Gas Stove Buying Guide
A gas stove makes an attractive choice for those seeking an energy-efficient home heating solution. Unlike traditional wood-burning stoves, gas versions offer precise control over flame size and heat output, providing consistent warmth at the touch of a button.
But selecting the right gas stove for your home can be challenging. In this guide, we'll take you through the ins and outs of gas stoves. By the end, you should have everything you need to make an informed buying decision.
Buying a gas stove: Understanding your needs
Before investing in a gas stove, it's essential to have a clear understanding of your needs. Not only will this simplify the buying process, but it'll also ensure that your new appliance perfectly aligns with your lifestyle and your home's characteristics.
Firstly, consider the size of the room you want to heat. An undersized stove will struggle to warm a large area effectively. On the other hand, an oversized one could lead to excessive heat and energy wastage. Plus, the stove should fit comfortably within your room without overpowering the space or appearing dwarfed by other elements.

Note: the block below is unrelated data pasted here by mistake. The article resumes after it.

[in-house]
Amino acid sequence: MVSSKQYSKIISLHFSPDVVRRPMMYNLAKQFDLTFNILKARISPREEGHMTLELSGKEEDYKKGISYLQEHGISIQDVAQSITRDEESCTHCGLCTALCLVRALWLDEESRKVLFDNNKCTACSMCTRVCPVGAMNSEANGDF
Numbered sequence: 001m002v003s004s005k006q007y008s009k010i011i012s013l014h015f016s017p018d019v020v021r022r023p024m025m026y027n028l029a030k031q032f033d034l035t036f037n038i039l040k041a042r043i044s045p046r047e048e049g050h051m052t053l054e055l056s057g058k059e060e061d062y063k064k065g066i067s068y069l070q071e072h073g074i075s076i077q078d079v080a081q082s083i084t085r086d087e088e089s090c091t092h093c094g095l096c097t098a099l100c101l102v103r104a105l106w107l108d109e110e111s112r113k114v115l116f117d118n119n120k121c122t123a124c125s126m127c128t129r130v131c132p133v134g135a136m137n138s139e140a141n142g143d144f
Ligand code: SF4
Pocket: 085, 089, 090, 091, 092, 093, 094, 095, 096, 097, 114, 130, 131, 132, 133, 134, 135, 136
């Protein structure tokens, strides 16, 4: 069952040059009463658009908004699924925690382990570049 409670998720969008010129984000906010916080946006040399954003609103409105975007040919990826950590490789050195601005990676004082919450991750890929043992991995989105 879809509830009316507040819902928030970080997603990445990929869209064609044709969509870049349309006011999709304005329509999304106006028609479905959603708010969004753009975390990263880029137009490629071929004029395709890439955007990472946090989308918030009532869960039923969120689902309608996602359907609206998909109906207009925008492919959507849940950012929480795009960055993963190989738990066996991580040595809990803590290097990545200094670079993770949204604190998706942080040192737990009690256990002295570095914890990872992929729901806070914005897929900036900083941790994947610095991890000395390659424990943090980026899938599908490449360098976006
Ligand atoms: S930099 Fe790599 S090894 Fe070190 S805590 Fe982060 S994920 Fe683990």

Secondly, think about how frequently you will be using your stove. If you only plan to turn it on for occasional chilly evenings or entertaining guests, you might not require a high-end model with all the bells and whistles. However, if you're going to be counting on your stove for everyday heating during the colder months, consider a more robust and reliable model.
What type of gas stove is best for you?
There are two main types of gas stoves: natural gas and liquid propane gas (LPG). Choosing the right one depends on availability, price, and personal preference. Both offer unique benefits and understanding the differences can help you make an informed choice.
Natural gas stoves
Natural gas stoves like the Woodford Gas Stove, the Broseley Hereford 5 Gas Stove, and the Parkray Consort 5 Gas Stove are popular for homes with a natural gas supply line. This type of gas is piped directly into your home, eliminating the need for on-site storage tanks. With natural gas, you'll get consistent and efficient heating. What's more, the cost of natural gas is typically lower than propane, making this an economical choice for many households.
Another advantage of natural gas stoves is their high heat output. These stoves produce a clean, hot, and highly-efficient flame, resulting in less energy wastage. The flames produced by a natural gas stove also tend to be blue, giving a pleasing aesthetic effect.